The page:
1/12/2006

Whistleblower Warned

Ex-NSA Official Told: Don't Testify

Russ Tice, a former intelligence officer with the National Security Agency who claims to be a source for the New York Times' expose last month, has been warned that he should not testify to Congress about accusations of illegal activity at NSA because of the secrecy of the programs involved.

On January 9, Tice received a letter from Renee Seymour, director of NSA special access programs, clearly emphasizing that he should not testify about secret electronic intelligence programs because members and staff of the House and Senate intelligence committees do not have the proper security clearances for the secret intelligence.

Mr. Tice said he was not part of the classified NSA program disclosed by the New York Times last month that intercepted telephone, e-mail and other communications involving U.S. citizens without a warrant from a special court. He did work on special access programs related to electronic intelligence gathering at the NSA and DIA, where he took part in space systems communications, non-communications signals, electronic warfare, satellite control, telemetry, sensors and special capability systems.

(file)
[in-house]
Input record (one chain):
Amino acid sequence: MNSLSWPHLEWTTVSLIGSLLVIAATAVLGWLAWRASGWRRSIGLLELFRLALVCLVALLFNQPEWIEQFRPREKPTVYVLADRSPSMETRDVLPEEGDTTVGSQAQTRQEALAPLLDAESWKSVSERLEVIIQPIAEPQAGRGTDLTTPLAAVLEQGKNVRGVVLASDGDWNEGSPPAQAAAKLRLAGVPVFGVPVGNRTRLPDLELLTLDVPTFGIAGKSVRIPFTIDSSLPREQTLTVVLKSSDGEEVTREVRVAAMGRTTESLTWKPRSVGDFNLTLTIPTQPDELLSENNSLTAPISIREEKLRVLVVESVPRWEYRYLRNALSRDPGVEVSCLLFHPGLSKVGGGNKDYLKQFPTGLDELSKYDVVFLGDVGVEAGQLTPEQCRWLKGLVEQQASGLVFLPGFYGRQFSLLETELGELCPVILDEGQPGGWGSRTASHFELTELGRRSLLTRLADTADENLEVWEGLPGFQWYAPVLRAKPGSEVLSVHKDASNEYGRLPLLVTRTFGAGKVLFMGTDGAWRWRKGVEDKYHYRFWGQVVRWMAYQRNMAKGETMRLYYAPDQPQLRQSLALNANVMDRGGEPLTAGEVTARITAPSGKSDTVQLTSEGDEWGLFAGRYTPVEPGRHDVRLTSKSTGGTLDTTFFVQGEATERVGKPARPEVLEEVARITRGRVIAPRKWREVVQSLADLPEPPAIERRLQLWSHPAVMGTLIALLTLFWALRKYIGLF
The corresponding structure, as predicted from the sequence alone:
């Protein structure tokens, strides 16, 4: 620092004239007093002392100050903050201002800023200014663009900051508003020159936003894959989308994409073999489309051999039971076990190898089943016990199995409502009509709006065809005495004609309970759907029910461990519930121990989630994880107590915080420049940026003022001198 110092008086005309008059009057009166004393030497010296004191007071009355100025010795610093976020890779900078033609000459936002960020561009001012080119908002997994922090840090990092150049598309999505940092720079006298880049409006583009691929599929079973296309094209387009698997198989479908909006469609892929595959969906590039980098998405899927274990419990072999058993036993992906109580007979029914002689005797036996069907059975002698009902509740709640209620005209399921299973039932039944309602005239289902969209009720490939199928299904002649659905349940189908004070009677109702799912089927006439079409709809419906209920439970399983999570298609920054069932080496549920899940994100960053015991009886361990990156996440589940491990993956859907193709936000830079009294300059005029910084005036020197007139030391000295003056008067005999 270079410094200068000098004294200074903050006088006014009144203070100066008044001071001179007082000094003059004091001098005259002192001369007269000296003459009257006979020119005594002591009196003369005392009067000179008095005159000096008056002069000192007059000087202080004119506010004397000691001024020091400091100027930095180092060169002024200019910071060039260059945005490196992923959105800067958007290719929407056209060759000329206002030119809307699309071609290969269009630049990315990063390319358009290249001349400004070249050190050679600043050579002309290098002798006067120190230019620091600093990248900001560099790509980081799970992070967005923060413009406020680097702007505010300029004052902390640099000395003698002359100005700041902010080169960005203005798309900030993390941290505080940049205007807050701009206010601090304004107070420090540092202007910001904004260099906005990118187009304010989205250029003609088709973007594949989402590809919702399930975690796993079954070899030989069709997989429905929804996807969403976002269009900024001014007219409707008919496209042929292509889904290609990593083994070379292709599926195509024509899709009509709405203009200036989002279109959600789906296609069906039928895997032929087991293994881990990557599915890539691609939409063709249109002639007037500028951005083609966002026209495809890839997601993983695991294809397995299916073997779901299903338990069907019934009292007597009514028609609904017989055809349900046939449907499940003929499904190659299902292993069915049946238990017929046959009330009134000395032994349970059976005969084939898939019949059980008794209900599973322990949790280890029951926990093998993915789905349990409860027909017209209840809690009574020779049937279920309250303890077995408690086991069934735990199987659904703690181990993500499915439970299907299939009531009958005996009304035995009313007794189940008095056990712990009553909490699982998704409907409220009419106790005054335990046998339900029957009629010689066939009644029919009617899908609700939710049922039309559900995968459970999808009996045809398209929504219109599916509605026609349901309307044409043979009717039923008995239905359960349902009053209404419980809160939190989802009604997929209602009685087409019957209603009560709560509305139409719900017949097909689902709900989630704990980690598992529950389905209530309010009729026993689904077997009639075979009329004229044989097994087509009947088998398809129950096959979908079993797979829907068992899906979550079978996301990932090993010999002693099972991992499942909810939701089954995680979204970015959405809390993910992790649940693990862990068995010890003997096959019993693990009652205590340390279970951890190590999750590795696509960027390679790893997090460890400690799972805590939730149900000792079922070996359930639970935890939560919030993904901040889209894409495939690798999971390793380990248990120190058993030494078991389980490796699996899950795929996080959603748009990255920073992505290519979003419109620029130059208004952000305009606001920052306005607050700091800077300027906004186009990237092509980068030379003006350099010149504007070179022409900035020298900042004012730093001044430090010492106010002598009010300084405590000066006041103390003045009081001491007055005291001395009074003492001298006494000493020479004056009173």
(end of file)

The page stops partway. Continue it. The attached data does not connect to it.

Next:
However, he told ABC News on Tuesday that he was a source for the New York Times.

"As far as I'm concerned, as long as I don't say anything that's classified, I'm not worried," he said. "We need to clean up the intelligence community. We've had abuses, and they need to be addressed."

Now, Tice's credibility is being challenged, with reports that he was fired by the NSA after failing a psychological evaluation. Last May, when he was let go, Rebecca Carr of Cox News service tried to get to the bottom of it. "The National Security Agency fired a high level intelligence official just days after he publicly urged Congress to pass stronger protections for federal whistleblowers facing retaliation," she wrote.

Carr added that "Tice has been at the odds with the agency since he reported suspicions that a female co-worker at the Defense Intelligence Agency (DIA), was a spy for the People's Republic of China." And it appears that he's been punished by the agency before, suspending his security clearances in June 2003 and ordering him to maintain the agency's vehicles by pumping gas and cleaning them, along with an order to unload furniture at its warehouse.

Then, the NSA ordered Tice to undergo an unscheduled psychological evaluation, after which a "Defense Department psychologist concluded that Tice suffered from psychotic paranoia." Tice later wrote that he "did this even though he admitted that I did not show any of the normal indications of someone suffering from paranoia." As noted on CBS News' Public Eye blog, government whistleblowers in the past have been forced to undergo psychological testing.

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